An Illustrated Guide to ARIZONA WEEDS
The University of Arizona Press
TUMBLE PIGWEED-Amaranthus albus L.
DESCRIPTION-A bushy branched annual 1/2 to 4 feet high, with light green or whitish stems, which reproduces by seeds. The bright green alternate leaves, 1 to 3 inches long and oblong or spatulashaped, are often reddish purple beneath, with the veins and margins white edged, sometimes with a short bristle at the tip.
The short greenish flowers are in short narrow clusters in the leaf axils; the 3 awlshaped spiny bracts below each flower are much longer. The little papery fruit opens by a circular line, and the top comes off like a lid. The shiny diskshaped seeds are dark reddish brown or black, about 1/25 inch in diameter, with a minutely roughened surface. At maturity the large globeshaped plants are stiff, bristly, and sticky to the touch. They often are broken off at the ground level, and carried about by the wind as a tumbleweed.
DISTRIBUTION-Tumble pigweed is a common weed throughout Arizona, and a pest in cotton, flax, and other cultivated fields. It also grows in river bottoms, roadsides, waste places, and eroded or rocky slopes on rangelands; 100 to 8,000 feet elevation; flowering May to November. This weed was introduced from tropical America.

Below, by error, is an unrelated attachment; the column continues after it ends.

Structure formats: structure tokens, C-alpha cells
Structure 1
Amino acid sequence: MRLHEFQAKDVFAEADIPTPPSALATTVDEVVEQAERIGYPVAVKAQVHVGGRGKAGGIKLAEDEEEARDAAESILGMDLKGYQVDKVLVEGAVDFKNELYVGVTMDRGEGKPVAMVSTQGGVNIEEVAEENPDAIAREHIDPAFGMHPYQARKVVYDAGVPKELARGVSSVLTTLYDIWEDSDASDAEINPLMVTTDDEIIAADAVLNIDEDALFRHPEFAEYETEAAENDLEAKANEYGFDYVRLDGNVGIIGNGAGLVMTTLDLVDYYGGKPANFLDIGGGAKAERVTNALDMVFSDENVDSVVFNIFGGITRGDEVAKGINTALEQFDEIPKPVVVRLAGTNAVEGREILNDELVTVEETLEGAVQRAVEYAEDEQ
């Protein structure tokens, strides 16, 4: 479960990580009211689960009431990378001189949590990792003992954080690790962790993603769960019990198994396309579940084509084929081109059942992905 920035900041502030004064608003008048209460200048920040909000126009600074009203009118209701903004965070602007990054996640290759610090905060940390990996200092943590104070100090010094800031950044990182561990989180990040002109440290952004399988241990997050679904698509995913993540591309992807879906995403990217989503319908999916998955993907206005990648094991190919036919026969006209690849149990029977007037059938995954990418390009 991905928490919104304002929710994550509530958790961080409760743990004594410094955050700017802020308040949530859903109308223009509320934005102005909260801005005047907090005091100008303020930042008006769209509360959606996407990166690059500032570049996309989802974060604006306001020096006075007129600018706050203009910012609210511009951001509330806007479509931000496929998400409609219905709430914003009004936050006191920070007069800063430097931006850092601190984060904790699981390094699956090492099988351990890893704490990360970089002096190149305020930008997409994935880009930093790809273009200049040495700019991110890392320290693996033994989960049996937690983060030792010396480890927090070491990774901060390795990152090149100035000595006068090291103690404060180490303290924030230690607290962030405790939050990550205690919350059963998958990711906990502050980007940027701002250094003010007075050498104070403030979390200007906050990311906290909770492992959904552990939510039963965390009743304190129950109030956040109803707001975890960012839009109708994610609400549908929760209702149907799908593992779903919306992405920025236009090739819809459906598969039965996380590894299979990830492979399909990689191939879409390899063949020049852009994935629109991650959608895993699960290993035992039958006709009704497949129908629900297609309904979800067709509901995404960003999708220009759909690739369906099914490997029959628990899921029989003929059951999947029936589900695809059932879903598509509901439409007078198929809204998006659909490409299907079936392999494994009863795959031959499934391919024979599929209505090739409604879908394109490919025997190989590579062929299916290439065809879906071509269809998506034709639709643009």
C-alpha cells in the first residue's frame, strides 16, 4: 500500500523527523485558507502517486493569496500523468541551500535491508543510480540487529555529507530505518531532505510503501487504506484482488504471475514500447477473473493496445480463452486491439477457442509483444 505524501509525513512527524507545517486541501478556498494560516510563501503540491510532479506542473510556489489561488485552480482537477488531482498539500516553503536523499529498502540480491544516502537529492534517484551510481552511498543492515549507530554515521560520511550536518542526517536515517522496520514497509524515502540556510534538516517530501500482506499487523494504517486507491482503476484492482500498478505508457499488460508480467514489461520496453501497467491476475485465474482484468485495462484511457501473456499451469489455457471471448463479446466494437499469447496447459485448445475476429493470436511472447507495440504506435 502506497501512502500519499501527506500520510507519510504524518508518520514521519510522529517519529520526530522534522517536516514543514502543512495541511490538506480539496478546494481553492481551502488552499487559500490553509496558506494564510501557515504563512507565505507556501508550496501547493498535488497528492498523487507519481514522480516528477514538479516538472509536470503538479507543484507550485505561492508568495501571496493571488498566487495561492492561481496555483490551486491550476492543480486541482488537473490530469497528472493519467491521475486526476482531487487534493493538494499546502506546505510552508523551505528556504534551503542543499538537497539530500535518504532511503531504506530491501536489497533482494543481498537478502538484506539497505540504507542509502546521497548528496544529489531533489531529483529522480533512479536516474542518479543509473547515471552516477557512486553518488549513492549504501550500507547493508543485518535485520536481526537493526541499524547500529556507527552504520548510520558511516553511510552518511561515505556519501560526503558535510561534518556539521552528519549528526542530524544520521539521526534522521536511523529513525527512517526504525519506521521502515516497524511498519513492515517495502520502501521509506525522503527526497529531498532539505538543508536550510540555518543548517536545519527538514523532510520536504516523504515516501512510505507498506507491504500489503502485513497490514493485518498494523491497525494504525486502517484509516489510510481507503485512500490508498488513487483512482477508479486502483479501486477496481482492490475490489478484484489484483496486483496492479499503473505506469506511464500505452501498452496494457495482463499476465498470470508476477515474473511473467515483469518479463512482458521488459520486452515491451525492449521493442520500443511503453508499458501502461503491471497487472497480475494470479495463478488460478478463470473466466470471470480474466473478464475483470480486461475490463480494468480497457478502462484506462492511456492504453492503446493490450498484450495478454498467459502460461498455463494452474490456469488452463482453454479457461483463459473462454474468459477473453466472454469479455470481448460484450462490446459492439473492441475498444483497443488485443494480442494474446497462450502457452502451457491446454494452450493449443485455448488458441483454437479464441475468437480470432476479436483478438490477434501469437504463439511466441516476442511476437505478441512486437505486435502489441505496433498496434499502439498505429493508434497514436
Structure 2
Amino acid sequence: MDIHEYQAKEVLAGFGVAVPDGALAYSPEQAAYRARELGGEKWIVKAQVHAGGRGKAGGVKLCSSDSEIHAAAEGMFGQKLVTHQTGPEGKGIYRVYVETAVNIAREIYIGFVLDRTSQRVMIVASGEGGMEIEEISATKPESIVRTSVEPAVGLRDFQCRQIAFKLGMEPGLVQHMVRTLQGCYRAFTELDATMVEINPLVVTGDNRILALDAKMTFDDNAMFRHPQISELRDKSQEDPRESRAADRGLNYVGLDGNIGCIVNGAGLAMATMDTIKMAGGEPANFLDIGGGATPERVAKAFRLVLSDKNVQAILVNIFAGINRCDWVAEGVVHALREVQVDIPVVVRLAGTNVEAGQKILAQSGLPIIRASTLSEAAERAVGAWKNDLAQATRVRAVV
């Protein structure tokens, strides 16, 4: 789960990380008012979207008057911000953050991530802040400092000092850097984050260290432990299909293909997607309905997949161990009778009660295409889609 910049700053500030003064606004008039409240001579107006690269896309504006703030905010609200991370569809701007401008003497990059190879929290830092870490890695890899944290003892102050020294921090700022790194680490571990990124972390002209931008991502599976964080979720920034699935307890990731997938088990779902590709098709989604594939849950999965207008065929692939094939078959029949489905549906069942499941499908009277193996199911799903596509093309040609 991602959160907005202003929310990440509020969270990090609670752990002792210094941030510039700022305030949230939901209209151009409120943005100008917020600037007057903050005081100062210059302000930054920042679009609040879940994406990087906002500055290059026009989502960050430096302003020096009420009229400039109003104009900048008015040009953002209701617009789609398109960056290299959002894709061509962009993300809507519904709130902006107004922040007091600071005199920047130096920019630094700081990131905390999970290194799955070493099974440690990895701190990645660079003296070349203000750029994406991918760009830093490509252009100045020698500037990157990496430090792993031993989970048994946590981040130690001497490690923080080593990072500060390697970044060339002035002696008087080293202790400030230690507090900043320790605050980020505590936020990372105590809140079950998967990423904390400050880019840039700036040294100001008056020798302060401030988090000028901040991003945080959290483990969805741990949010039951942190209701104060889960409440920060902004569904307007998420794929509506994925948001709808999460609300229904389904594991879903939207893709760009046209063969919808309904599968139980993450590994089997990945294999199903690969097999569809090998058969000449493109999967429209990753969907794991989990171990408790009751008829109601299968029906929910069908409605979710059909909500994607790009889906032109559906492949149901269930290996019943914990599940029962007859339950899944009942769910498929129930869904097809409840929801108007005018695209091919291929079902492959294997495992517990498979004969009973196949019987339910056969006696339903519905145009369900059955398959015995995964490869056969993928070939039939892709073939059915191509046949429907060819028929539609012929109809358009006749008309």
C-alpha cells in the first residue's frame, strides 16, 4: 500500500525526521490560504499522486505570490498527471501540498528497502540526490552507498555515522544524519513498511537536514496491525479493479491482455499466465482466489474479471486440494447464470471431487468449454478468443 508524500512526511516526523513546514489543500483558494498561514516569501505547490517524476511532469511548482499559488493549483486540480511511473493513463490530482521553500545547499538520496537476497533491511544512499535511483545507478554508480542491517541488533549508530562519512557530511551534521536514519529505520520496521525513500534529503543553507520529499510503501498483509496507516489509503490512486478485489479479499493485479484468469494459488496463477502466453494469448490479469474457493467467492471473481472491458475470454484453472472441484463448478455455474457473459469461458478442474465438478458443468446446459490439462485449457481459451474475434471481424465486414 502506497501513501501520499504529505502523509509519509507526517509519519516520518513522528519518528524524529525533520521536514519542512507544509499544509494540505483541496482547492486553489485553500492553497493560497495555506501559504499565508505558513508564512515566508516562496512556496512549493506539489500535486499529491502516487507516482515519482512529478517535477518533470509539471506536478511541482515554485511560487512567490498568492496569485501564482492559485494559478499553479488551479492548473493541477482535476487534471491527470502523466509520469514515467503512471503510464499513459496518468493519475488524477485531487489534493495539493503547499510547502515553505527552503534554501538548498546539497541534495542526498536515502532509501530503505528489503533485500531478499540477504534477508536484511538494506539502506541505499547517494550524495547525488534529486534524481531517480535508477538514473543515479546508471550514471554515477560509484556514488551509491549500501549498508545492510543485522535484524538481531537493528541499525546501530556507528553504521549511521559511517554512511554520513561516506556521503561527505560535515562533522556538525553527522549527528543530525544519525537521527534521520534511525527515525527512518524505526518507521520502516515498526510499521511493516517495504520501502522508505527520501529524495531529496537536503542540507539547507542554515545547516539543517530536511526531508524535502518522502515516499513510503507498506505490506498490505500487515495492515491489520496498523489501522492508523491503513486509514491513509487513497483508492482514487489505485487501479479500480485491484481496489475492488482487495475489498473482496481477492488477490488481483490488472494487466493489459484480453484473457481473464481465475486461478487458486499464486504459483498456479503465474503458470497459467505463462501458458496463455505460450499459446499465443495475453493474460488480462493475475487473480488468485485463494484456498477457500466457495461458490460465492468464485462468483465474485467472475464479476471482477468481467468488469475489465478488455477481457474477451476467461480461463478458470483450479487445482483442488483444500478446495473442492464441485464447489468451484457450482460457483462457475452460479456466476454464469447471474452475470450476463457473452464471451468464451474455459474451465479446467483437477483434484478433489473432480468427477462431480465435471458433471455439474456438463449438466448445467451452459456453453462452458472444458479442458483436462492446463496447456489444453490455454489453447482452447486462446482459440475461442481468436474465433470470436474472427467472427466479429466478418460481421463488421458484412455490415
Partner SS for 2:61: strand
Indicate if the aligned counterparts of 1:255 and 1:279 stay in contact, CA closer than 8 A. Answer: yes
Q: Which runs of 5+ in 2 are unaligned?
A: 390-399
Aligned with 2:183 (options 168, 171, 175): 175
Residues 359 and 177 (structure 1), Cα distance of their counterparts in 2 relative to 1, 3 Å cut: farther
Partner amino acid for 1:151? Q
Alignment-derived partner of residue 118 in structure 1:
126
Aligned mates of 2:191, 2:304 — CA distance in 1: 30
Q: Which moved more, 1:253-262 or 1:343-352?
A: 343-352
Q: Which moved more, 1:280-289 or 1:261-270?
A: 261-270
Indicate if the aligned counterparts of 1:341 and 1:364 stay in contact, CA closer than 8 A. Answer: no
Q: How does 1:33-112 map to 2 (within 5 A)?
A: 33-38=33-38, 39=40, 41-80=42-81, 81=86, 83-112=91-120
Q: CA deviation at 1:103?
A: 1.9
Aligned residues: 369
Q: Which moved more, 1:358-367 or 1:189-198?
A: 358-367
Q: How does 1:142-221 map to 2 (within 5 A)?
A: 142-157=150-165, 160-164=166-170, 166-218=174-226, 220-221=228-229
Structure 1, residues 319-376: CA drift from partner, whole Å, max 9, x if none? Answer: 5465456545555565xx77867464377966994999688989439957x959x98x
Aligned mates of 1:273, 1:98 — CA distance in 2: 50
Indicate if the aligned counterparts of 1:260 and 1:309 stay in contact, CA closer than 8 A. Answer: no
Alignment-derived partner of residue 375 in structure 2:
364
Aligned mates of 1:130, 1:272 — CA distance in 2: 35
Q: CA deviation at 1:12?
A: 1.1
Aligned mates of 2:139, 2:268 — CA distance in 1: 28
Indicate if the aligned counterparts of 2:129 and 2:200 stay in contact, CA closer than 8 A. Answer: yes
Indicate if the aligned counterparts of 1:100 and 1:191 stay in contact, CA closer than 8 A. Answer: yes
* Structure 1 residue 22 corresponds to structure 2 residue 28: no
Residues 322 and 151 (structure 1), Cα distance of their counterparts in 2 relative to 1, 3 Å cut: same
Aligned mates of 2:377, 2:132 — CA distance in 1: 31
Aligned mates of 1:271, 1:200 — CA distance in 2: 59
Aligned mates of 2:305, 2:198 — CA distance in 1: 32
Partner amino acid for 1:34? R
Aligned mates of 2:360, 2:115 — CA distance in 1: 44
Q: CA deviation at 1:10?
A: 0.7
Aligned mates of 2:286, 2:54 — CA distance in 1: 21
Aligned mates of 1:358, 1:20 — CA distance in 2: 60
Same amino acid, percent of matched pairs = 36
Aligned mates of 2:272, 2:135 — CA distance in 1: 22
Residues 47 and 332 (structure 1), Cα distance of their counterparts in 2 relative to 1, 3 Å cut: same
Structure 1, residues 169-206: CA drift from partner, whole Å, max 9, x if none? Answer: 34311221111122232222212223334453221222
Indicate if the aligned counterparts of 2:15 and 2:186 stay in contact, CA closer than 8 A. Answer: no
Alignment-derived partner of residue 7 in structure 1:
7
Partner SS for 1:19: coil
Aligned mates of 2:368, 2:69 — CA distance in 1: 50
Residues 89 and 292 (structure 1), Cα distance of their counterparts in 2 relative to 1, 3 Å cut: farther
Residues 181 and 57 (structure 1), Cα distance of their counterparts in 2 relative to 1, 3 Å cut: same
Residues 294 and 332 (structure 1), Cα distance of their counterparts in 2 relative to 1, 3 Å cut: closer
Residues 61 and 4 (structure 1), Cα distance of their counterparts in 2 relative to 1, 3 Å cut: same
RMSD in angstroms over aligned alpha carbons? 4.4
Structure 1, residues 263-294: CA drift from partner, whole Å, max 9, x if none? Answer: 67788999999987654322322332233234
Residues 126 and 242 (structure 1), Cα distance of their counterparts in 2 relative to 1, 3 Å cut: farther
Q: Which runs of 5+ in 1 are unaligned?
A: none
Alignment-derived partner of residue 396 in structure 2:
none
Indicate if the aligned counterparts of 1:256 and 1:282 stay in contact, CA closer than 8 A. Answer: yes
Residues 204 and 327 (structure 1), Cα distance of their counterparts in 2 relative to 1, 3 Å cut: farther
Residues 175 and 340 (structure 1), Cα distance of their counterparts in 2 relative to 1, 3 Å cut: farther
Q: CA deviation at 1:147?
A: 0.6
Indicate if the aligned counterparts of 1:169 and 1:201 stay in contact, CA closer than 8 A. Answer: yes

PROSTRATE PIGWEED-Amaranthus graecizans L.(A. blitoides Wats.)
DESCRIPTION-Prostrate pigweed is very similar to tumbling pigweed. The stems, however, instead of being erect, are prostrate, forming mats on the soil 1/2 to 2 feet long, and are often pink or purplish rather than pale green. The 3 spiny bracts at the base of each flower are only slightly longer than the flowers, and the seeds are shining black.
DISTRIBUTION-Prostrate pigweed occurs throughout the state in cultivated fields. It is also found along roadsides, river bottoms, mesas, washes, alkaline sinks, railroad tracks, and denuded areas in overgrazed ranges in mesquite, oak, or pine forests; 100 to 8,200 feet elevation; flowering May to November.
Copyright (c) 1972 The Arizona Board of Regents